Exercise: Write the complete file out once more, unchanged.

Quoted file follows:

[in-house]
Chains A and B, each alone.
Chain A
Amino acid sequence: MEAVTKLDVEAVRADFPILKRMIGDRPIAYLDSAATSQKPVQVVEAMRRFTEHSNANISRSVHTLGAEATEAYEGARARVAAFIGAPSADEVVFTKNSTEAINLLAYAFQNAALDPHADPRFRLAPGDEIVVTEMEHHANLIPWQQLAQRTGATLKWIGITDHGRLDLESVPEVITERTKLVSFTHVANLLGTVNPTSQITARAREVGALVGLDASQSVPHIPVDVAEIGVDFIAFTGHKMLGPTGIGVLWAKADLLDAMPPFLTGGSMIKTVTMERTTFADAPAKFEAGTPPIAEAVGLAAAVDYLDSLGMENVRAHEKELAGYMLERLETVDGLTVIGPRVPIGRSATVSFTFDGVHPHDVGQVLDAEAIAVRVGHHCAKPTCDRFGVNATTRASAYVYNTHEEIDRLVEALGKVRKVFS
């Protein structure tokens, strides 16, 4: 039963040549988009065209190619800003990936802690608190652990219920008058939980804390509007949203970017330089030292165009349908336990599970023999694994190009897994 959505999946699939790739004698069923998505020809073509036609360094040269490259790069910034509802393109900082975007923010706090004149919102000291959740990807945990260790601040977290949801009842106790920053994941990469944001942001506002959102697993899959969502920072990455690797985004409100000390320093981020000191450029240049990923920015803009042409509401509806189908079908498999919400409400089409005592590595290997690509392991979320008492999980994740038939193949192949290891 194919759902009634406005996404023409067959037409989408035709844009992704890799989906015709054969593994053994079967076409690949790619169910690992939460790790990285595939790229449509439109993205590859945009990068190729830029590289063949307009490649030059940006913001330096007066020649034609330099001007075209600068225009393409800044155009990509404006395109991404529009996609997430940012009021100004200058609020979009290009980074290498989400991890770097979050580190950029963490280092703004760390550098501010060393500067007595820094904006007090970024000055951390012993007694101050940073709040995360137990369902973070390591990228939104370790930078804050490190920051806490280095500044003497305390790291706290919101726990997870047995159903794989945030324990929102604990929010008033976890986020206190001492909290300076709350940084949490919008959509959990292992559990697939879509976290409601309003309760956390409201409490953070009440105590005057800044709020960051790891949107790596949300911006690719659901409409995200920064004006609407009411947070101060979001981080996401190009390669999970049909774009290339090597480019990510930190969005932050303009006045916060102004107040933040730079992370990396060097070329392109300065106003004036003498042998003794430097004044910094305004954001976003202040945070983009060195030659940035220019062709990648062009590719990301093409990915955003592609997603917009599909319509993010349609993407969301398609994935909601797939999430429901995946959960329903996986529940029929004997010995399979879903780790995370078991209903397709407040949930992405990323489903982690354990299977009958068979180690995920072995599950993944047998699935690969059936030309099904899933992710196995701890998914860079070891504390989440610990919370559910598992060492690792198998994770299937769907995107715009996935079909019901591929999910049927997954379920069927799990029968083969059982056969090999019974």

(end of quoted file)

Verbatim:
[in-house]
Chains A and B, each alone.
Chain A
Amino acid sequence: MEAVTKLDVEAVRADFPILKRMIGDRPIAYLDSAATSQKPVQVVEAMRRFTEHSNANISRSVHTLGAEATEAYEGARARVAAFIGAPSADEVVFTKNSTEAINLLAYAFQNAALDPHADPRFRLAPGDEIVVTEMEHHANLIPWQQLAQRTGATLKWIGITDHGRLDLESVPEVITERTKLVSFTHVANLLGTVNPTSQITARAREVGALVGLDASQSVPHIPVDVAEIGVDFIAFTGHKMLGPTGIGVLWAKADLLDAMPPFLTGGSMIKTVTMERTTFADAPAKFEAGTPPIAEAVGLAAAVDYLDSLGMENVRAHEKELAGYMLERLETVDGLTVIGPRVPIGRSATVSFTFDGVHPHDVGQVLDAEAIAVRVGHHCAKPTCDRFGVNATTRASAYVYNTHEEIDRLVEALGKVRKVFS
């Protein structure tokens, strides 16, 4: 039963040549988009065209190619800003990936802690608190652990219920008058939980804390509007949203970017330089030292165009349908336990599970023999694994190009897994 959505999946699939790739004698069923998505020809073509036609360094040269490259790069910034509802393109900082975007923010706090004149919102000291959740990807945990260790601040977290949801009842106790920053994941990469944001942001506002959102697993899959969502920072990455690797985004409100000390320093981020000191450029240049990923920015803009042409509401509806189908079908498999919400409400089409005592590595290997690509392991979320008492999980994740038939193949192949290891 194919759902009634406005996404023409067959037409989408035709844009992704890799989906015709054969593994053994079967076409690949790619169910690992939460790790990285595939790229449509439109993205590859945009990068190729830029590289063949307009490649030059940006913001330096007066020649034609330099001007075209600068225009393409800044155009990509404006395109991404529009996609997430940012009021100004200058609020979009290009980074290498989400991890770097979050580190950029963490280092703004760390550098501010060393500067007595820094904006007090970024000055951390012993007694101050940073709040995360137990369902973070390591990228939104370790930078804050490190920051806490280095500044003497305390790291706290919101726990997870047995159903794989945030324990929102604990929010008033976890986020206190001492909290300076709350940084949490919008959509959990292992559990697939879509976290409601309003309760956390409201409490953070009440105590005057800044709020960051790891949107790596949300911006690719659901409409995200920064004006609407009411947070101060979001981080996401190009390669999970049909774009290339090597480019990510930190969005932050303009006045916060102004107040933040730079992370990396060097070329392109300065106003004036003498042998003794430097004044910094305004954001976003202040945070983009060195030659940035220019062709990648062009590719990301093409990915955003592609997603917009599909319509993010349609993407969301398609994935909601797939999430429901995946959960329903996986529940029929004997010995399979879903780790995370078991209903397709407040949930992405990323489903982690354990299977009958068979180690995920072995599950993944047998699935690969059936030309099904899933992710196995701890998914860079070891504390989440610990919370559910598992060492690792198998994770299937769907995107715009996935079909019901591929999910049927997954379920069927799990029968083969059982056969090999019974």